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Can I Get Checked for Colorectal Cancer Before I Have Symptoms?

Your best chance of surviving colorectal cancer is if your doctor finds and treats it early. The best way to find it early is with a regular screening test. Screening tests look for problems in people who don’t have symptoms. There aren’t routine screening tests for most cancers, but there are several tests that screen for colorectal cancer. Some of these tests also screen for abnormal growths called polyps, which might be found and removed before they have a chance to turn into cancer. Screening can be effective if your doctor finds polyps or cancer before you have symptoms. Then your doctor must follow up with a good treatment plan. These are the main screening tests for colorectal cancer:

  • Fecal occult blood test (FOBT) or fecal immunochemical test (FIT). These tests look for hidden blood in the stool. Hidden blood is called occult. Blood vessels in cancers or precancerous growths called polyps are easily broken during a bowel movement. This may cause blood to show up in the stool. 

  • Flexible sigmoidoscopy. Your doctor uses this test to look at your rectum and lower colon, called the sigmoid colon. For the test, your doctor inserts a thin, lighted tube into your rectum. The tube is called a sigmoidoscope. Your doctor may take tissue samples called biopsies of anything that looks unusual.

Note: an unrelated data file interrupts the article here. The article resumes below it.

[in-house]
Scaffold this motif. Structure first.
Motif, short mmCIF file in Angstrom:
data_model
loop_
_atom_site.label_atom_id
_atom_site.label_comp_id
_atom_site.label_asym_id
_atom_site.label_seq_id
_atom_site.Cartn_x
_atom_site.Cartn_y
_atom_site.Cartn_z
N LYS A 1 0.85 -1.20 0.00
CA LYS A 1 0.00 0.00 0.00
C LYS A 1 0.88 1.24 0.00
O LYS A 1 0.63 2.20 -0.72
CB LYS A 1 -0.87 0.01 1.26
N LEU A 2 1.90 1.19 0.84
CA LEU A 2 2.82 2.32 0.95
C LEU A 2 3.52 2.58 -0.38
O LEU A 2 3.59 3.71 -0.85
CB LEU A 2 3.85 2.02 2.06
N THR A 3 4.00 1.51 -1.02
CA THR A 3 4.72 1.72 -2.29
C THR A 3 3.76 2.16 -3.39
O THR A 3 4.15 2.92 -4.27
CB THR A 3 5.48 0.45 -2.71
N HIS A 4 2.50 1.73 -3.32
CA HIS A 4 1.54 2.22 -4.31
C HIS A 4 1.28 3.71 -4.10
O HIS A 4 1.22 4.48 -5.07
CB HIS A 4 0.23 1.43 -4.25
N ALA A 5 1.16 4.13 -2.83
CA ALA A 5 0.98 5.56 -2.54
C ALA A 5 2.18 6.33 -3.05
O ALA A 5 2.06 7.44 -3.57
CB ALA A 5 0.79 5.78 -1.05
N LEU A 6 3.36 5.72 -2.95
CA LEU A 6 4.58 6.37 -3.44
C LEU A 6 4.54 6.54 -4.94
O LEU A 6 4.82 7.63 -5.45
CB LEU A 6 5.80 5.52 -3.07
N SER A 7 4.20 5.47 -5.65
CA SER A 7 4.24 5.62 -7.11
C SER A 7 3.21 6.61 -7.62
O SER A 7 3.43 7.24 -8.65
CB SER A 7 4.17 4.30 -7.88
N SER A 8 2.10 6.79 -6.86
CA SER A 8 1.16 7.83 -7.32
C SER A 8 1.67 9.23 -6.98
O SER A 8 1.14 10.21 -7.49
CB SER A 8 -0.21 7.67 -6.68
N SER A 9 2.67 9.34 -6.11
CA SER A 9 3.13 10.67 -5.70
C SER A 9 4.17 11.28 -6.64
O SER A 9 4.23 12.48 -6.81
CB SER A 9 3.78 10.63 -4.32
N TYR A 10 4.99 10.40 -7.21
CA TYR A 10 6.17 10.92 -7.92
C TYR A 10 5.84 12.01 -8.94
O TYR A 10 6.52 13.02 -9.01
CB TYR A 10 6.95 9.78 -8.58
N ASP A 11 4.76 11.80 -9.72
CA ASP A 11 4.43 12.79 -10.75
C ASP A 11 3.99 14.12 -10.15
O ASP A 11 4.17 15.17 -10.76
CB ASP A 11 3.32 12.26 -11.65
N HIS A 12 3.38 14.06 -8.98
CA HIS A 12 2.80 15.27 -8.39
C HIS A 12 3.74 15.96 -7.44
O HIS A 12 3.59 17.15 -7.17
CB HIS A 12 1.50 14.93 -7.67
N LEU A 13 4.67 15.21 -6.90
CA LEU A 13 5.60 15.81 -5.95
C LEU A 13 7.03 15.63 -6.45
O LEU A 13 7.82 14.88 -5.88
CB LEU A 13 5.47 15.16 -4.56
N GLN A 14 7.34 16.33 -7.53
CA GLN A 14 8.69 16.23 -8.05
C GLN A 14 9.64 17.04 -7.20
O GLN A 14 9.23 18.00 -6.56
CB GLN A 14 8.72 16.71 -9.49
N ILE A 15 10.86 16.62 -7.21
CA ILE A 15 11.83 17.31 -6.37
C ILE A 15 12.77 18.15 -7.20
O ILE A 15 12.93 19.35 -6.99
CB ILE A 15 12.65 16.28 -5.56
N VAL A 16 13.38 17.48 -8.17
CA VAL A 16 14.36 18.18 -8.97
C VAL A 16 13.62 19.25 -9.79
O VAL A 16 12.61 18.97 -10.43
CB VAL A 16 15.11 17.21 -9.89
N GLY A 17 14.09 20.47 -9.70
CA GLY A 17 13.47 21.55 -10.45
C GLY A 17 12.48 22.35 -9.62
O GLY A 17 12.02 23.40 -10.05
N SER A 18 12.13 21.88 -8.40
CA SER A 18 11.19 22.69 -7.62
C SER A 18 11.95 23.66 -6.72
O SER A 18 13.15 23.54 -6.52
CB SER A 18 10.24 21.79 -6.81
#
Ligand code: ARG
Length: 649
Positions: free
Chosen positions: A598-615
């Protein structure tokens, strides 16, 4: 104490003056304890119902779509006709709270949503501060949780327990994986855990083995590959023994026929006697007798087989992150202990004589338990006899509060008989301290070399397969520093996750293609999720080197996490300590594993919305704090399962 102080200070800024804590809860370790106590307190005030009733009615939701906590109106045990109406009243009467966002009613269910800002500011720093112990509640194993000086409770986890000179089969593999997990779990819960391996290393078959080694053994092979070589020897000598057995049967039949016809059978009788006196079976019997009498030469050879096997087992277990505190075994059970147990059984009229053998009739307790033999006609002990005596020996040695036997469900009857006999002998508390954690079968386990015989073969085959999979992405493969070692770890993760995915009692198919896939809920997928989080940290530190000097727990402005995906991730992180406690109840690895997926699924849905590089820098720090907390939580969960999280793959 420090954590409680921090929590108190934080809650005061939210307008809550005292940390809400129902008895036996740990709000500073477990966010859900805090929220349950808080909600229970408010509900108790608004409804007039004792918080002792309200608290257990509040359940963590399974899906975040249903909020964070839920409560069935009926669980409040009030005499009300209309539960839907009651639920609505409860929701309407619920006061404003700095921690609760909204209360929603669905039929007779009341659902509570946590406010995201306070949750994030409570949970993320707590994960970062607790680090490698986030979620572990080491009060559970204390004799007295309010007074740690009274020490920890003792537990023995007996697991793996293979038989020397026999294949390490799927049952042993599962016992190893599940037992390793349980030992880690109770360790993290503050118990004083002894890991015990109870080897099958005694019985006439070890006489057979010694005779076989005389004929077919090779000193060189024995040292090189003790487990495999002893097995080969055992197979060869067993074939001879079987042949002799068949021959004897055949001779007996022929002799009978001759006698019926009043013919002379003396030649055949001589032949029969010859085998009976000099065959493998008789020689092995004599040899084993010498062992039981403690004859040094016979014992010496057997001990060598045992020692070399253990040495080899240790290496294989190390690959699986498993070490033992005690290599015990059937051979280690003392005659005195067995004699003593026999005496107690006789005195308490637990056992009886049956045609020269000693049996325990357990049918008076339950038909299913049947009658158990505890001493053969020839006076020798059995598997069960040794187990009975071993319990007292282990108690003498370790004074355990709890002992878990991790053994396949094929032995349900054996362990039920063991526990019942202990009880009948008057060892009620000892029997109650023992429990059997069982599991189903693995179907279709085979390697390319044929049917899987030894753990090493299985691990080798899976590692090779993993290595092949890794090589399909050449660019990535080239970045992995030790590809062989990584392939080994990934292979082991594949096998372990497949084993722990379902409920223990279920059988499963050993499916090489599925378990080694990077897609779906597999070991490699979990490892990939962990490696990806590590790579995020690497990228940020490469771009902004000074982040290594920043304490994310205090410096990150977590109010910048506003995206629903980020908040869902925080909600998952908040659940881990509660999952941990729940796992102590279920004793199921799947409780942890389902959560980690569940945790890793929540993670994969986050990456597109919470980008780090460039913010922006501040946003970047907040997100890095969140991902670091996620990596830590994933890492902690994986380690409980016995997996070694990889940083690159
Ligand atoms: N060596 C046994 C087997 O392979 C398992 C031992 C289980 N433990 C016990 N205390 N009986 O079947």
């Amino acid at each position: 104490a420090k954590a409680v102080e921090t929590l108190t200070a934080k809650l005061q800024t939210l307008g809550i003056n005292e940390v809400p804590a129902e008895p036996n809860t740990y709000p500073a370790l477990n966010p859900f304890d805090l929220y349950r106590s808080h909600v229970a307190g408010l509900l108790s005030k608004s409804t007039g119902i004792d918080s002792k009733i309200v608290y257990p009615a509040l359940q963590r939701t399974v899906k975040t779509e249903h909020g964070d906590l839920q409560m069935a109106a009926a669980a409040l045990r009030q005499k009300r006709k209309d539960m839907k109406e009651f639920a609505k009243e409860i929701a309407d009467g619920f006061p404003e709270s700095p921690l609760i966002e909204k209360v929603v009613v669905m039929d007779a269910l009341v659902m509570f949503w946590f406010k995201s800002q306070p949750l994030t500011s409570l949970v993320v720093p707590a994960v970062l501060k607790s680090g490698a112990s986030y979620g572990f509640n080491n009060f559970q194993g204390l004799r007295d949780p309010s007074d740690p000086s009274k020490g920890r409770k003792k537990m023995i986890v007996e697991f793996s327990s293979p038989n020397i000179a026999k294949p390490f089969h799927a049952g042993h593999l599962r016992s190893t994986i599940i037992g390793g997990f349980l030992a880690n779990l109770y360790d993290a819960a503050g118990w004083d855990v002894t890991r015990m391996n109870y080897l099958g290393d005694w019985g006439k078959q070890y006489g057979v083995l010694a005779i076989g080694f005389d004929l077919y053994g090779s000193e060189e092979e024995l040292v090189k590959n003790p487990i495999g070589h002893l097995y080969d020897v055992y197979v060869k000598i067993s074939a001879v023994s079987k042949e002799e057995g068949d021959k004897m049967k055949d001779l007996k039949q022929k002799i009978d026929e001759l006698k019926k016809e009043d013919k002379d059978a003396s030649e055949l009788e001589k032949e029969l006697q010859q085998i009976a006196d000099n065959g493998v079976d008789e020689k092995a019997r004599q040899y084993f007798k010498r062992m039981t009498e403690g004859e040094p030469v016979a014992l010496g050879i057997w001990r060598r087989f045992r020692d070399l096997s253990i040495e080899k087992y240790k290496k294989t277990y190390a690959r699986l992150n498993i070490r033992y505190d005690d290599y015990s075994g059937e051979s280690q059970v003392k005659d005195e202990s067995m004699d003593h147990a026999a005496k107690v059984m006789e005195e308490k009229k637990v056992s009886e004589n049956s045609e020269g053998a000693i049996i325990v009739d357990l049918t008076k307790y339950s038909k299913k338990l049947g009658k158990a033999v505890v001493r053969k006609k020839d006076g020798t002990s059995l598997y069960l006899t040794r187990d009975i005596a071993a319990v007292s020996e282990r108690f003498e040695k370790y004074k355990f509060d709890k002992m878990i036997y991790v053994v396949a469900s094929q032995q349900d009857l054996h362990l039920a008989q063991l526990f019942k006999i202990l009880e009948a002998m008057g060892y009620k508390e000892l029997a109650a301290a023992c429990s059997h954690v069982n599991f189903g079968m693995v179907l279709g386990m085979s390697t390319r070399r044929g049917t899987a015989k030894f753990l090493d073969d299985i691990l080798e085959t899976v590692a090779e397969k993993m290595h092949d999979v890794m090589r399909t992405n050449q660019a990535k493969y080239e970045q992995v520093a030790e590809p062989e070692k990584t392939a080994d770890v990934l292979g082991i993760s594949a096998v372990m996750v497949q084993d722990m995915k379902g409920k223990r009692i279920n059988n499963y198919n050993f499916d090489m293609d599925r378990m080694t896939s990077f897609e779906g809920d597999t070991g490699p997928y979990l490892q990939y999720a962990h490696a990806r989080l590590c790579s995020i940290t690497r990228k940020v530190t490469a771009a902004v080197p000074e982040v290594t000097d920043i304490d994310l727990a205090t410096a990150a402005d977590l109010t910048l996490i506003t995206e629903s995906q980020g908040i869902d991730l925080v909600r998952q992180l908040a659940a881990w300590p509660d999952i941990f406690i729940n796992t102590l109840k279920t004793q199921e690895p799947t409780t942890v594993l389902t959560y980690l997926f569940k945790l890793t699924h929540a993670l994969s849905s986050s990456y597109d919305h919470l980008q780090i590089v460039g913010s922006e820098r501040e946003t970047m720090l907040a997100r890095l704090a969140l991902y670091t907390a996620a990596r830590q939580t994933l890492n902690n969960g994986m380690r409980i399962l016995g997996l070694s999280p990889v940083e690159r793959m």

• Colonoscopy. Your doctor uses this test to look at your rectum and your entire colon. It uses a lighted instrument, called a colonoscope. The doctor inserts the scope into your rectum and through your colon. The doctor looks for growths called polyps. They are usually noncancerous or benign. Some polyps, though, can turn into cancer.

  • Barium enema. This test is also called a double contrast barium enema or an air contrast barium enema. A liquid called barium is put into the rectum with an enema. This silver-white liquid coats the lower part of your intestine, making it easier to see during X-rays. Air is pumped in as well to expand the colon and rectum. Then, a technician takes a series of X-rays to show any abnormalities in your colon and rectum. 

  • Virtual colonoscopy (CT colonography). This test is a special type of CT scan of the colon and rectum. Once the CT images are taken, a computer is used to combine them to create a three-dimensional picture, which allows the doctor to look for polyps or cancer. 

  • Stool DNA test. This is a newer type of test that looks for abnormal DNA from cancer cells in a person's stool. Cancer cells from a tumor may be shed in the stool.  

Colonoscopy is the only test that allows the doctor to view the entire colon and rectum and remove pieces of any abnormal areas for testing. If you have any of the other tests and something suspicious is found, you will likely need a colonoscopy. 

Some of these tests may be uncomfortable and a little embarrassing. However, the sooner your doctor finds a polyp, the more likely it can be removed before it becomes cancer. Keep in mind, though, that screening doesn’t guarantee that you won’t get cancer.